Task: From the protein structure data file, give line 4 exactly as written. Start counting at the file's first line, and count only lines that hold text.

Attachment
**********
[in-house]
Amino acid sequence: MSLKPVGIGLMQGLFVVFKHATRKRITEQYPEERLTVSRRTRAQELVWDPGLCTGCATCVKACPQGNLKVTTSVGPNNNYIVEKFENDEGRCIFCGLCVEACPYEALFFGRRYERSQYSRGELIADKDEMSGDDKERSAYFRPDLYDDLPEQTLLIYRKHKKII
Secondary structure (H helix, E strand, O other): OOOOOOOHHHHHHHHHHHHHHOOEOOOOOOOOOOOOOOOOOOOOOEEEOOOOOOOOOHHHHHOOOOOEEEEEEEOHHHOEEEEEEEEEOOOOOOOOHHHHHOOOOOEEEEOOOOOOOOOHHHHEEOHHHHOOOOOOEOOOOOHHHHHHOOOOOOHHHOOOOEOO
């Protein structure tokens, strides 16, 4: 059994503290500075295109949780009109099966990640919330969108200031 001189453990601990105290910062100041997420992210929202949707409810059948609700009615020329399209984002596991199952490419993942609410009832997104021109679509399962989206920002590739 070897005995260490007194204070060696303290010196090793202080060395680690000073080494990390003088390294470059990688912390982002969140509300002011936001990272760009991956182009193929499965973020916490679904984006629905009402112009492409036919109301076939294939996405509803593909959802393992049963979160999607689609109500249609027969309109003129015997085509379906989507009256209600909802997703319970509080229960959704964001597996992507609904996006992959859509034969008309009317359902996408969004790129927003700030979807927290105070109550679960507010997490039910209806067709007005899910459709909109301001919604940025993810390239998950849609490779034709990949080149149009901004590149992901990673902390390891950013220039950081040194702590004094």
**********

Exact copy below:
């Protein structure tokens, strides 16, 4: 059994503290500075295109949780009109099966990640919330969108200031 001189453990601990105290910062100041997420992210929202949707409810059948609700009615020329399209984002596991199952490419993942609410009832997104021109679509399962989206920002590739 070897005995260490007194204070060696303290010196090793202080060395680690000073080494990390003088390294470059990688912390982002969140509300002011936001990272760009991956182009193929499965973020916490679904984006629905009402112009492409036919109301076939294939996405509803593909959802393992049963979160999607689609109500249609027969309109003129015997085509379906989507009256209600909802997703319970509080229960959704964001597996992507609904996006992959859509034969008309009317359902996408969004790129927003700030979807927290105070109550679960507010997490039910209806067709007005899910459709909109301001919604940025993810390239998950849609490779034709990949080149149009901004590149992901990673902390390891950013220039950081040194702590004094």